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The Sword of Zen

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The Sword of Zen

Post by Sifu on Tue Dec 26, 2017 9:38 pm

Entering the Force

As I rode the wake of a multitude of people rushing to and fro in a last-minute holiday frenzy I took it as an opportunity. Finding silence, I closed my eyes, relaxed, and ceased all internal thought, entering into the state of Zen. I expanded my awareness out beyond my body to feel the rush of humanity around me. To my senses they became as interconnected points of thought, emotion, and energy. I expanded out further and gazed upon the pattern they formed in this intricate web of life throughout the whole building. Returning to myself I continued my own last-minute holiday frenzy a little less frantic.

Entering the Force to me is about silencing the inner dialogue and reaching a higher state of consciousness, opening myself up to experience life in a way beyond my mundane physicality. With this skill anything that I do in my daily life is enhanced, from physical and mental tasks, to metaphysical pursuits. Entering the Force and Expanding is where a deeper aspect of reality is revealed to me.

Luminous beings we are indeed.
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Re: The Sword of Zen

Post by Sifu on Tue Dec 26, 2017 10:19 pm

Meditation has the two common meanings of contemplation and silencing the inner dialogue. Both are important to me, for it is through silencing the inner dialogue that I can fully focus the resources of my mind on one topic of contemplation without the distraction of many irrelevant thoughts arising.

I practice meditation in the formal way, as well as in daily life. When I have to make a speech to my students, cook a meal, drive in heavy traffic, practice kung fu, read a novel, grade an essay, write this post.... I will Relax, Silence my Mind, and Enter the Force. From this state of mind anything I need to do will be enhanced because the full resources of my being are dedicated to that single task.

Mental Clarity is an important benefit of the Arts that I practice.
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Re: The Sword of Zen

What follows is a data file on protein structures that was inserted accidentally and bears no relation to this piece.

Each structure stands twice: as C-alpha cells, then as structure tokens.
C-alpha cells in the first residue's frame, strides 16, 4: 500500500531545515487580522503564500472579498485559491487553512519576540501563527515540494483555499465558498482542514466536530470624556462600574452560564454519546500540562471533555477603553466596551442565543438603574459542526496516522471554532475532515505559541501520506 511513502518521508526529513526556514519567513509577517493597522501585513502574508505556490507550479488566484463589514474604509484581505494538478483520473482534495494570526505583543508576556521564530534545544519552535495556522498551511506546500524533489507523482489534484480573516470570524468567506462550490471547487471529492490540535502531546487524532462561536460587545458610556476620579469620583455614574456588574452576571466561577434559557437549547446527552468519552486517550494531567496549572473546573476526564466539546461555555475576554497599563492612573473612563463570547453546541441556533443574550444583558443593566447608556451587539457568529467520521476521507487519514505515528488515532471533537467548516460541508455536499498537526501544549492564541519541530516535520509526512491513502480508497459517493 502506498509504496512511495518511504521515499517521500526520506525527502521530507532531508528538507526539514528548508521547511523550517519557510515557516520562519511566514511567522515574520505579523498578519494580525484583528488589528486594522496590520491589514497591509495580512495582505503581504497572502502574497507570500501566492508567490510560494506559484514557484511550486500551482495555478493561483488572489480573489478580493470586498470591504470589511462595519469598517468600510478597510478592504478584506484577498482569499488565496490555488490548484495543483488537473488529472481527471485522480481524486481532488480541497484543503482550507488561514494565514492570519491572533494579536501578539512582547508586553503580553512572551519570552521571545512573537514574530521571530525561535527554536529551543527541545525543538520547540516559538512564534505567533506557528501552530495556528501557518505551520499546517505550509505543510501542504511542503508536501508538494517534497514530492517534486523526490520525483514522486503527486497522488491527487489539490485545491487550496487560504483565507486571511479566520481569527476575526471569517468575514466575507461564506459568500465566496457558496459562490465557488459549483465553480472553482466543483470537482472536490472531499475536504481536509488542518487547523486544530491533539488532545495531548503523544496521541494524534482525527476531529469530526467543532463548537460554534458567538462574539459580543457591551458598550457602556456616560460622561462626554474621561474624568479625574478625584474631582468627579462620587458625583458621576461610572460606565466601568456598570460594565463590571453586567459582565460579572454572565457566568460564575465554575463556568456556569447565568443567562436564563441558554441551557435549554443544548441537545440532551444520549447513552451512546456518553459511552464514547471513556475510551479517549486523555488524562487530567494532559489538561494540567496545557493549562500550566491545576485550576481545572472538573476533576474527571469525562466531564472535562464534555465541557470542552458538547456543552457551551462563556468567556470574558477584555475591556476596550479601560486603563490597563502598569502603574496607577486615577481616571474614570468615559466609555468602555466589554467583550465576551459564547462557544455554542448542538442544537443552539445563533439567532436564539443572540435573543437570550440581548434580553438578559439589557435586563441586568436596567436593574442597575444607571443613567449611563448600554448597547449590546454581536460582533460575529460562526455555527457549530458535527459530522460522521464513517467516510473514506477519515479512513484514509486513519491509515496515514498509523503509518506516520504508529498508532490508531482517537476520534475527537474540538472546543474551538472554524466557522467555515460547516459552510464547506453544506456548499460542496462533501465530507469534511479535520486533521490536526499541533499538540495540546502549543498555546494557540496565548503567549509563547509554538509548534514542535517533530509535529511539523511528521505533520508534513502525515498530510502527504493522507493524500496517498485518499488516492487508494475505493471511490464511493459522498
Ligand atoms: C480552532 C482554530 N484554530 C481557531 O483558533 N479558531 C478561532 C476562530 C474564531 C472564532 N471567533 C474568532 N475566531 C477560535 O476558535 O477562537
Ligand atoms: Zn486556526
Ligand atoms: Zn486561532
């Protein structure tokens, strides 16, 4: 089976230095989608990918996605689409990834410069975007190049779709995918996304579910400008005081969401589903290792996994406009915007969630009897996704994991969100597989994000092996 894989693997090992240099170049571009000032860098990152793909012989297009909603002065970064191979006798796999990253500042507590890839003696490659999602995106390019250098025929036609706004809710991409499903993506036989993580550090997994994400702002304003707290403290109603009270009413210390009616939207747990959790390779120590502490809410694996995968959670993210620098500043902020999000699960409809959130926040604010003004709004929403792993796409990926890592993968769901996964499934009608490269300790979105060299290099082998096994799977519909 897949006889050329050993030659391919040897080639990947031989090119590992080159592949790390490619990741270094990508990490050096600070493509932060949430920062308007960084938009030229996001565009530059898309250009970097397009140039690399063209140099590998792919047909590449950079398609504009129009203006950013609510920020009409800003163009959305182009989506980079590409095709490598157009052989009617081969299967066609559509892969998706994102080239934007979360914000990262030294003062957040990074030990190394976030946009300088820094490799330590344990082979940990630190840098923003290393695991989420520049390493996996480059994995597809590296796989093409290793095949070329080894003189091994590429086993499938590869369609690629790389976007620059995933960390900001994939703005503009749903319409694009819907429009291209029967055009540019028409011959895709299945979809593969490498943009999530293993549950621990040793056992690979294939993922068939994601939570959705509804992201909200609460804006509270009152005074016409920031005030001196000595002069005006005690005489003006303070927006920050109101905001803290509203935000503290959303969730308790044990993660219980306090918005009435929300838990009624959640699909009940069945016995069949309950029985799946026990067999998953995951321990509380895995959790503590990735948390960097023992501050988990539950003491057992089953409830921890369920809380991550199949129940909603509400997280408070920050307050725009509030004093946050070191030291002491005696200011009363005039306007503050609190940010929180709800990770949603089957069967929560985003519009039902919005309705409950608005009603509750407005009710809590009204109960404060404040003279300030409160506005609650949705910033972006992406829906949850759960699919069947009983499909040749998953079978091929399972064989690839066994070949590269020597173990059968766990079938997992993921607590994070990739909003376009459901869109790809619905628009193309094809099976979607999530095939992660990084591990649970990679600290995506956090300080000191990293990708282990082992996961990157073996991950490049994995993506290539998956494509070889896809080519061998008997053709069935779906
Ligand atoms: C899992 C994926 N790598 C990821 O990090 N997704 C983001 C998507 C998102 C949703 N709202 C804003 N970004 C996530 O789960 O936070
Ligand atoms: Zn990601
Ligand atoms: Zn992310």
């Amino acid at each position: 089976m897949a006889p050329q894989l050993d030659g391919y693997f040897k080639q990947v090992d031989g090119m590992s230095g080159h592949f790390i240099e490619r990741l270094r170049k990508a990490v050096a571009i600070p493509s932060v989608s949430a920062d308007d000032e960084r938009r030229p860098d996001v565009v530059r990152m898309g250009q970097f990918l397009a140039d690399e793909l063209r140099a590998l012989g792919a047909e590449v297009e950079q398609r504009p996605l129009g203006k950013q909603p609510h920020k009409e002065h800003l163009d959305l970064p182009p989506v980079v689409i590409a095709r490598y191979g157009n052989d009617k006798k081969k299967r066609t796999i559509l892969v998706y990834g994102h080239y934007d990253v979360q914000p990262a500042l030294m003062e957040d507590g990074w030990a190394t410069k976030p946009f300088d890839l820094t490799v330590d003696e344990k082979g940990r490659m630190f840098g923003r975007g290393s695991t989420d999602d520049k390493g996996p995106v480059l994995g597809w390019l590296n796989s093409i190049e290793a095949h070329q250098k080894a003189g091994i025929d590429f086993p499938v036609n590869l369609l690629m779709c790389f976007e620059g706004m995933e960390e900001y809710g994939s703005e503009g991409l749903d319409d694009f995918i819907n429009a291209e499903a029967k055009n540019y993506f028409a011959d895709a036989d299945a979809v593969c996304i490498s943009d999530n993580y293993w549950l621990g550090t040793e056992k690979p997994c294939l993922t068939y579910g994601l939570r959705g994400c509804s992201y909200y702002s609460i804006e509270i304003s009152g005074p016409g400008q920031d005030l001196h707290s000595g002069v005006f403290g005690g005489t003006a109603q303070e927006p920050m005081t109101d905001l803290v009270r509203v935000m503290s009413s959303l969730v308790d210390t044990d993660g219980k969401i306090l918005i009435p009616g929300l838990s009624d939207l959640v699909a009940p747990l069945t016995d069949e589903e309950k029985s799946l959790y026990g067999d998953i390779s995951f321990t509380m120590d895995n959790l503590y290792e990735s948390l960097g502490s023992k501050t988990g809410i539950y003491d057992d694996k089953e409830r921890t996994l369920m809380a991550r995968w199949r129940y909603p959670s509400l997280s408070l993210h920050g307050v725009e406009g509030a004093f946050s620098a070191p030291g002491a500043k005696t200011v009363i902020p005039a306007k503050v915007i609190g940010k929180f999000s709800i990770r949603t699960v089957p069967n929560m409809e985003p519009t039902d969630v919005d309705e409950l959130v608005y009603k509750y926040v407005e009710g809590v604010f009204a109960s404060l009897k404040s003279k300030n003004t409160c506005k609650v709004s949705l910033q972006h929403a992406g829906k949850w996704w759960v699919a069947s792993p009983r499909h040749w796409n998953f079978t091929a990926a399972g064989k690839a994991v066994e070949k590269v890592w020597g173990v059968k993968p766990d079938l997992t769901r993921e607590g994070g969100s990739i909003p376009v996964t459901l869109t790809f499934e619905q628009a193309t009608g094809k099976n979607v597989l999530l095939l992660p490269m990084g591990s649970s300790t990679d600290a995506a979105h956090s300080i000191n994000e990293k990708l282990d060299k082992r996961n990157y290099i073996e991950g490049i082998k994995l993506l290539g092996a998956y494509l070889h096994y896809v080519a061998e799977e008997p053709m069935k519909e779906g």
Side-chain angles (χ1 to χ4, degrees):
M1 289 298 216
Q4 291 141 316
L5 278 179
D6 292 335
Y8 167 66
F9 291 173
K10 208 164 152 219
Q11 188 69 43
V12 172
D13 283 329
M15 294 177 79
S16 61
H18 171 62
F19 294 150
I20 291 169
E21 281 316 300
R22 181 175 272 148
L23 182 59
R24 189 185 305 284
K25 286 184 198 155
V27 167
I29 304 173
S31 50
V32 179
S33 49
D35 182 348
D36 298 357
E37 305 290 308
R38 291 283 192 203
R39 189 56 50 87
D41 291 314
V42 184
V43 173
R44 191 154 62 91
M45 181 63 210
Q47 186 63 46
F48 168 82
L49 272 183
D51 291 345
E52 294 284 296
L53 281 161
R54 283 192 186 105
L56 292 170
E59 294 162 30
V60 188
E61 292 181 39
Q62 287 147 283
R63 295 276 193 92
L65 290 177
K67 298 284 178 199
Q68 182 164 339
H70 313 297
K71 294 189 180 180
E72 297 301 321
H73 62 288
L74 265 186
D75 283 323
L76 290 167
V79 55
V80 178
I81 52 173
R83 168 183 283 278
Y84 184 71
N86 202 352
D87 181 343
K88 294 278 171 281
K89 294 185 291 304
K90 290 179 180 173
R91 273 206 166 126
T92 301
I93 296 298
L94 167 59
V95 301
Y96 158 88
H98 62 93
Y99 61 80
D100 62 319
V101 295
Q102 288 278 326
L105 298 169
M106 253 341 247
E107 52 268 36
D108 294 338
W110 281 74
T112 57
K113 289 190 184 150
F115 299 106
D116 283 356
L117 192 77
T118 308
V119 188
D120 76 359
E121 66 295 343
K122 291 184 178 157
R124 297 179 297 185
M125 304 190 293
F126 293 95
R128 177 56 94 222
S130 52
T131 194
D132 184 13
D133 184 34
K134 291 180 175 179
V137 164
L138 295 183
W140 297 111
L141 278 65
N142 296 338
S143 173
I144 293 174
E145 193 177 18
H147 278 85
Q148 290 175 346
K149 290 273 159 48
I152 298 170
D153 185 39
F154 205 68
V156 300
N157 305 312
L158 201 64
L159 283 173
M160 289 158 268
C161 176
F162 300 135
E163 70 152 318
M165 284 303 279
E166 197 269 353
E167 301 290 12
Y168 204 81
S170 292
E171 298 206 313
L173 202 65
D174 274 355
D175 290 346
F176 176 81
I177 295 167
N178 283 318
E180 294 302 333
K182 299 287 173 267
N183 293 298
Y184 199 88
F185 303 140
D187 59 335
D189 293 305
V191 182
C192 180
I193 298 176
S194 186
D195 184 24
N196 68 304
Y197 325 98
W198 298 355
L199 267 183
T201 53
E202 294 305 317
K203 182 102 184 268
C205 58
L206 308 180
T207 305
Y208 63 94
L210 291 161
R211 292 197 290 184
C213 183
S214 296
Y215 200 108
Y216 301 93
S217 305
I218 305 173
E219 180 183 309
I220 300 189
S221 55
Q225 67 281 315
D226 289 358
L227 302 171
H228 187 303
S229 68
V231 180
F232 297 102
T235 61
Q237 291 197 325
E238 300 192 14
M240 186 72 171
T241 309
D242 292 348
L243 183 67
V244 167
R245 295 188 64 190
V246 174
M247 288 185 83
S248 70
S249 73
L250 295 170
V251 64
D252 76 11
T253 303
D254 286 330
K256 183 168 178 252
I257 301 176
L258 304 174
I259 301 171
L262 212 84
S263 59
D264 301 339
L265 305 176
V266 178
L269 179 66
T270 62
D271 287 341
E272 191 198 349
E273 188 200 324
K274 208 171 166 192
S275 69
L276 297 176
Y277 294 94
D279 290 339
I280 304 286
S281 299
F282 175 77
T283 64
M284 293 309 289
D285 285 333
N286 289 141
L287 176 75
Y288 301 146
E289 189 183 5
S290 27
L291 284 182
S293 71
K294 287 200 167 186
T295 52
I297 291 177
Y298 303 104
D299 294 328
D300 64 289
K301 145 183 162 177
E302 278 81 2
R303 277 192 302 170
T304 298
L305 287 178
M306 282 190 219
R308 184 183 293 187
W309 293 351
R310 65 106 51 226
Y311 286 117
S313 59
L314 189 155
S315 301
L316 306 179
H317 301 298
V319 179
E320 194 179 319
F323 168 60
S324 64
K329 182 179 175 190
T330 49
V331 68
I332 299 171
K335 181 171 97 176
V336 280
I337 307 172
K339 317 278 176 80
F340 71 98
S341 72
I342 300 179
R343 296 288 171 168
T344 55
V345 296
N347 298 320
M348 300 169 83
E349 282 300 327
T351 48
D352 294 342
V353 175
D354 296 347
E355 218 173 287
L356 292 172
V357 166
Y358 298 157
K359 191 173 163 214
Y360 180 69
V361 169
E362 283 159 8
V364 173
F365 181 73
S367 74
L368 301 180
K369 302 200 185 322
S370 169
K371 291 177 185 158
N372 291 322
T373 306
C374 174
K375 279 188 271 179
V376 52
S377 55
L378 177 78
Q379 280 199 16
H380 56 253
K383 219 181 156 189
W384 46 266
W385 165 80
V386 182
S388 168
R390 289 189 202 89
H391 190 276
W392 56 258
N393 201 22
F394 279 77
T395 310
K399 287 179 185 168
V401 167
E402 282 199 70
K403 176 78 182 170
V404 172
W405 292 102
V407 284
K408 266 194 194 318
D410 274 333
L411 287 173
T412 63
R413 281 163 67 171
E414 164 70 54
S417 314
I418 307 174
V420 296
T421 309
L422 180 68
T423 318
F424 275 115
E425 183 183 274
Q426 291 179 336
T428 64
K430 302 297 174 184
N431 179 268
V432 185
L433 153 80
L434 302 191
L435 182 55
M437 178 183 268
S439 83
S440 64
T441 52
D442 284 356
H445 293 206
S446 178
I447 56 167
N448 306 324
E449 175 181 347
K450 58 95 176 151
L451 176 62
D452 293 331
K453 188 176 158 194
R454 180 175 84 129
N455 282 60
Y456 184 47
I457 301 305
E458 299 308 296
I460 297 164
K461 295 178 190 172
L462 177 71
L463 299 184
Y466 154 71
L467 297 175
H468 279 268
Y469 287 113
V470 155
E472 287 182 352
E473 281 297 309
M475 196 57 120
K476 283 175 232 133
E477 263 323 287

Post by Micheal on Wed Dec 27, 2017 8:43 am

How do you utilize it when multiple tasks demand your perception simultaneously?


What other uses of meditation have you developed?  As I am currently working in this dimension for this site, I look forward to your insights.

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Re: The Sword of Zen

Post by Sifu on Tue Jan 02, 2018 11:07 pm

I find intentional multi-tasking to be rarely required in my life, for important tasks I put my focus on one thing at a time until it is done then I move on to the next thing, When I have to have my attention split on two things at once I can see a perceptible loss of efficiency in both things I am trying to do. I think texting and driving(or simply walking) is a pretty good analogy of humanity trying to do two mentally and physically demanding tasks simultaneously and failing at both.  

"Focus to One, Expand to Zero"

On the other hand though multi-tasking exists in just about every daily task we encounter I suppose, there are a lot of variables going into even simple things. In martial arts if I am sparring my opponent and I have my attention focused only on his hands then I will probably get hit. Instead of focusing to one point such as in single pointed meditation I expand to zero, I will be able to perceive the opponents entire form, and our surroundings. 

Expand to Zero in meditation would be moving beyond conscious thought and entering Zen. In martial arts application it would be looking at the opponents center mass and not focusing on any specific point so the entirety of the opponent comes into the field of perception.
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Re: The Sword of Zen

Post by Sifu on Tue Jan 02, 2018 11:40 pm

Today I was considering how one puts their practice into daily life. One strategy that I use for productivity is born from my meditation and martial practice. 

Form - Flow - Force
Form - Force - Flow